History of AI
Arguably, Artificial intelligence or AI debuted at a conference at Dartmouth University in 1956. 11 years after the end of World War II, artificial intelligence was on the scene. At the time, there was a lot of optimism. Some people at the conference believed robots and AI machines would be doing the work of humans by the mid-1970s. Of course, that didn’t happen — what happened instead was that funding dried up and a period called “The AI Winter” began. That ostensibly lasted into the 2000s, when IBM’s Watson peaked a lot of interest in artificial intelligence again.
Now we’re at an interesting place. Like PCs in the early 1980s or the Internet in the early 1990s, artificial intelligence is “out there” and people know about it — Tom Cruise and Will Smith movies, for one — but it hasn’t impacted businesses just yet. (Well, not most businesses.) Prominent Silicon Valley executives, like Sam Altman of Y Combinator and Elon Musk of Tesla/RocketX, are beginning to do more around AI — including being scared of its potential ramifications.
In 1950, Alan Turing developed the Turing Test as a way of identifying machines that had intelligence indistinguishable from humans. His proposed test consists of text-only conversations between two participants. He argued that if a human participant is unable to tell the difference between communicating with a human versus a machine then that machine can be thought of as intelligent. His idea is masterfully captured in the show Westworld in a scene where an AI host named Angela asks,
It was also around the mid-1950s when modern AI research officially began, leading to the establishment of numerous AI research programs and institutions, with the purpose of creating general AI. However, researchers greatly under-estimated the difficulty of this task and instead developed simple rule-based AI that could only operate in extremely narrow domains. It wasn’t until the early 2000s when artificial neural network based AI gained traction, producing huge breakthroughs in computer vision, speech recognition, and natural language processing.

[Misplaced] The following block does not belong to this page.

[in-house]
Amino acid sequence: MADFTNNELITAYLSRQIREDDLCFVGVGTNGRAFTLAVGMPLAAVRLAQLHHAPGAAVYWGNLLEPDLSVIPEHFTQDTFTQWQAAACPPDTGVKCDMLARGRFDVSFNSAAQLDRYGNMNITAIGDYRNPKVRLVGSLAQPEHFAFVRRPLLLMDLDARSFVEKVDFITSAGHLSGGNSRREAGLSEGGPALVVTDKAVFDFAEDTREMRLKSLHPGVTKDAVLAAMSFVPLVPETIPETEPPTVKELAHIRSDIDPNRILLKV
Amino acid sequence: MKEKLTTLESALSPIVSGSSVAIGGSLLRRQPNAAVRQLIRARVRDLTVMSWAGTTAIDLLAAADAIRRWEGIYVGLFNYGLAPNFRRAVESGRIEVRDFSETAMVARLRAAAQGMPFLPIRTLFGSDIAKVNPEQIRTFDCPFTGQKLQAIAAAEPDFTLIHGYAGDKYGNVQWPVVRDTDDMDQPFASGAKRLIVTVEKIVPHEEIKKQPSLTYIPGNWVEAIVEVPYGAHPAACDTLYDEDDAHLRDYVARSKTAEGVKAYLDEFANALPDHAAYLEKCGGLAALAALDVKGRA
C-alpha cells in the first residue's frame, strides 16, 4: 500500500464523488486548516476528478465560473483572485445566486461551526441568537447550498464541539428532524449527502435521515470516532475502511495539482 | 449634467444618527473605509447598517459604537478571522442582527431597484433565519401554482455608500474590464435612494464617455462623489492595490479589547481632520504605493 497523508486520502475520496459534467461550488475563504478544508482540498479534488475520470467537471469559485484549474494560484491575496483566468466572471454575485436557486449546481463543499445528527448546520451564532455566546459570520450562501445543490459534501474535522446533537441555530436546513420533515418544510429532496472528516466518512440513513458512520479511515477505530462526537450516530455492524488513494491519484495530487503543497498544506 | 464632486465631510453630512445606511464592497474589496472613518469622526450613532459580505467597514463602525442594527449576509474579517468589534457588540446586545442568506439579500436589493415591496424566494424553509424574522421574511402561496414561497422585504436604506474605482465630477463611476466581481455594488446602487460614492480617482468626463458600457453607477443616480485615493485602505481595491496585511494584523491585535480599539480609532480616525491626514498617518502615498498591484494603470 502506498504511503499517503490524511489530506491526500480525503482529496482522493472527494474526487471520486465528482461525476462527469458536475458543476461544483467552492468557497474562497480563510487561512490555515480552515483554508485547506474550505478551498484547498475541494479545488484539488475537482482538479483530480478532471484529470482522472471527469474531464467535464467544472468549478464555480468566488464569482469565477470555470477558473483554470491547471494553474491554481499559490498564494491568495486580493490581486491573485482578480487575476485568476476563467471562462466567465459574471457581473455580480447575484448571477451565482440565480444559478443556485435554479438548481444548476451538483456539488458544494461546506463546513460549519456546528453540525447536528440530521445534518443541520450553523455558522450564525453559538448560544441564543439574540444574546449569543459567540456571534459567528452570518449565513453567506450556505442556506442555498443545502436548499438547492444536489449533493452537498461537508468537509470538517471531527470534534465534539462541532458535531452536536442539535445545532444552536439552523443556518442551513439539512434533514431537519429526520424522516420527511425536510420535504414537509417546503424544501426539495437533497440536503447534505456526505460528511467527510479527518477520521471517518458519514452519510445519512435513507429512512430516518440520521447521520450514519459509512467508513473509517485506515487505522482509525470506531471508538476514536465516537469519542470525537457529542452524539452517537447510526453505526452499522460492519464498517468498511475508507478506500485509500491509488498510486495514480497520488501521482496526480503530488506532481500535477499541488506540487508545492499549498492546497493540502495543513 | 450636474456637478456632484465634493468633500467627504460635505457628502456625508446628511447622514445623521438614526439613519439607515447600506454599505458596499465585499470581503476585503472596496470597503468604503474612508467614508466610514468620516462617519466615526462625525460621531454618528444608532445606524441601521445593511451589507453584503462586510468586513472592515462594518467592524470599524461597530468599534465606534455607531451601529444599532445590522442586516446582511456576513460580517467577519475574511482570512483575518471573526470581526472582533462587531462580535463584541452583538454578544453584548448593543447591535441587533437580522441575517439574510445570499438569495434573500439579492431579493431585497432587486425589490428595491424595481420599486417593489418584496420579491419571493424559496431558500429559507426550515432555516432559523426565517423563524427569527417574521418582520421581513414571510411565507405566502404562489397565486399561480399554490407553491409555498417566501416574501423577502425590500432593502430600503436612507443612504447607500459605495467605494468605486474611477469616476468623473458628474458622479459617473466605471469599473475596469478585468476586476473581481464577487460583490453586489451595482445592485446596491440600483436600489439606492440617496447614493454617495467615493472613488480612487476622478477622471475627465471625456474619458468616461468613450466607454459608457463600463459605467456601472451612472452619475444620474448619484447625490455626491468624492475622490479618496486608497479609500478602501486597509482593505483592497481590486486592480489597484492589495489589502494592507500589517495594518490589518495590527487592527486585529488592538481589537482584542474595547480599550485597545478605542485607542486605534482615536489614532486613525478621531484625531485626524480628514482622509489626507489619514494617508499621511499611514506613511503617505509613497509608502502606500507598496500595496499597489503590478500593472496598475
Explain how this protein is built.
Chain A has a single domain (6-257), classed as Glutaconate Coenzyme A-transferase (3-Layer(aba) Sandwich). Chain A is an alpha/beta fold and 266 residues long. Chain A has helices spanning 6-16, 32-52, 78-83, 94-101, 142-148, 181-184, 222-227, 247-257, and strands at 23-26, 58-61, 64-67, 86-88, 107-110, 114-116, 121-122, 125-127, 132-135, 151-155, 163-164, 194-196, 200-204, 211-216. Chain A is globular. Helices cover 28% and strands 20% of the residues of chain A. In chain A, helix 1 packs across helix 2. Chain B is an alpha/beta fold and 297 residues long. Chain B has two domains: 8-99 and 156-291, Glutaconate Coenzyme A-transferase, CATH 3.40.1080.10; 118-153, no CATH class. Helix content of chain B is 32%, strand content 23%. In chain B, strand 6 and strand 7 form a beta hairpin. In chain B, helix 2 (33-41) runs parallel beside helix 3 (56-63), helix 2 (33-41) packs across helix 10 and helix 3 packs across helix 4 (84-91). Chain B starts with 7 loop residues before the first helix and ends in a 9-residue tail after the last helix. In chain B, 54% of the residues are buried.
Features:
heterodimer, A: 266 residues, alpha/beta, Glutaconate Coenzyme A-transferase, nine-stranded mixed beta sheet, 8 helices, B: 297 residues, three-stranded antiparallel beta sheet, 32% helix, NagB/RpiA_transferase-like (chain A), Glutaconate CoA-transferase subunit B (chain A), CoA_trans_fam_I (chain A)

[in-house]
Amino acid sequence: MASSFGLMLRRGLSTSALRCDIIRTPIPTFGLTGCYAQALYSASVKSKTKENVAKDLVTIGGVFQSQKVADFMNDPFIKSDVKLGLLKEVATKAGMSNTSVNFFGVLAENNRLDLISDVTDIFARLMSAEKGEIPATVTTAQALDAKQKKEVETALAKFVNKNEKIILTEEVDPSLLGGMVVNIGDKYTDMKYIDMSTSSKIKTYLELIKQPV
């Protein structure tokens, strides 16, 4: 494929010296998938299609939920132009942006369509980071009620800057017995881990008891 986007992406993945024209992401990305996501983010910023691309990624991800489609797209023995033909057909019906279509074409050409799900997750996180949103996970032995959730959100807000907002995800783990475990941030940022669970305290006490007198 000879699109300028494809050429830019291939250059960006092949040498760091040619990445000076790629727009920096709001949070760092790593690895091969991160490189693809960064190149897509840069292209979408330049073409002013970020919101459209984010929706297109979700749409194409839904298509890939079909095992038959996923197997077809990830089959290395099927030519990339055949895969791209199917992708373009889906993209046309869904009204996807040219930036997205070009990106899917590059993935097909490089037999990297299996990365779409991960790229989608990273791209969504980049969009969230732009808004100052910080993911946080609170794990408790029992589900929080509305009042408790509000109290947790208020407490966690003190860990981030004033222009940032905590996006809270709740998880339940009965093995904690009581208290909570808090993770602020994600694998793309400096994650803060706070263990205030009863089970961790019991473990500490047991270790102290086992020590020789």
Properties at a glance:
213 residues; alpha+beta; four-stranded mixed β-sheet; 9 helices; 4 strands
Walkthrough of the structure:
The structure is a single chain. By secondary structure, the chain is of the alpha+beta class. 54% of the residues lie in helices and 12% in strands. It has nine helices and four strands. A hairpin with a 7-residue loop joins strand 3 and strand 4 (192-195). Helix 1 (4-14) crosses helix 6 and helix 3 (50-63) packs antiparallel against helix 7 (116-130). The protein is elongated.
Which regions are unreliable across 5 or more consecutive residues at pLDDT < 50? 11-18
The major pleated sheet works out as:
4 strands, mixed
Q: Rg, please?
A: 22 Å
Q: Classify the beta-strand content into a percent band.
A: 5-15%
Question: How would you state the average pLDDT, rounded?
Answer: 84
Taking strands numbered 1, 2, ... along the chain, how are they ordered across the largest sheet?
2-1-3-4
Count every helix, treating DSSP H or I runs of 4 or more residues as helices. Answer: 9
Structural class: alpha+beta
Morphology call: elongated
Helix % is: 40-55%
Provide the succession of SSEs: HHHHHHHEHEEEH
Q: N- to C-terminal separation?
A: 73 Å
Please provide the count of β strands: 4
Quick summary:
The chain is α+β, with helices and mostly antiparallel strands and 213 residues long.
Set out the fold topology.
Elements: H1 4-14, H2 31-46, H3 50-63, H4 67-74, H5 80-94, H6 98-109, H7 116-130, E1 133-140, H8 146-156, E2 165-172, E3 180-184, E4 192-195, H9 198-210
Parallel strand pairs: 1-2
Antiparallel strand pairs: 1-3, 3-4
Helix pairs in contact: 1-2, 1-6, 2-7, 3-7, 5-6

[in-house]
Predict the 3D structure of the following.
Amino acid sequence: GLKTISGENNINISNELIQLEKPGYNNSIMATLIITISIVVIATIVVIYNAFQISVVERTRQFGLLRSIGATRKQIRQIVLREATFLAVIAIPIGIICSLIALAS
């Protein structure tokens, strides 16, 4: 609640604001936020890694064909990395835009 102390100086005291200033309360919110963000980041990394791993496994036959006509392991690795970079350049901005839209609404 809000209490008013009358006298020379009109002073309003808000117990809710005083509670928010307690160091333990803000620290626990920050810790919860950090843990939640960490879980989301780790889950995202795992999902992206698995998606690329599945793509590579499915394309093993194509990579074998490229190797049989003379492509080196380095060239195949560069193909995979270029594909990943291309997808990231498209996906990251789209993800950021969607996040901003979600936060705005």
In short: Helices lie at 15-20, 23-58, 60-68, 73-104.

Almost all new AI technologies developed today (such as Microsoft’s Cortana, Amazon’s Alexa, Snapchat filters, Instagram filters, DeepMind’s AlphaGo, Netflix recommendations, Google Translate, Tesla’s self-driving cars) are powered by complex artificial neural networks. AI systems today are already starting to pass the Turing Test in certain domains, producing images and videos that are extremely difficult to distinguish real from fake. One of the concerns of AI technology is the automated generation of fake data and fake news, which could potentially mislead large populations of people.
Machine intelligence will inevitably advance, grow and re-place human intelligence, which has raised concern among many public figures and experts. Elon Musk believes that AI can be more dangerous than nuclear weapons and could potentially lead to human extinction if we are not careful. He has been an important advocate for the regulation of AI technologies. In February 2018, “The Malicious Use of Artificial Intelligence: Forecasting, Prevention, and Mitigation” report was published by a group of leading AI researchers from various institutions including Stanford University, University of Oxford and OpenAI. The 101-paged report details potential malicious applications of AI technologies as well as interventions, potential solutions and areas for further research.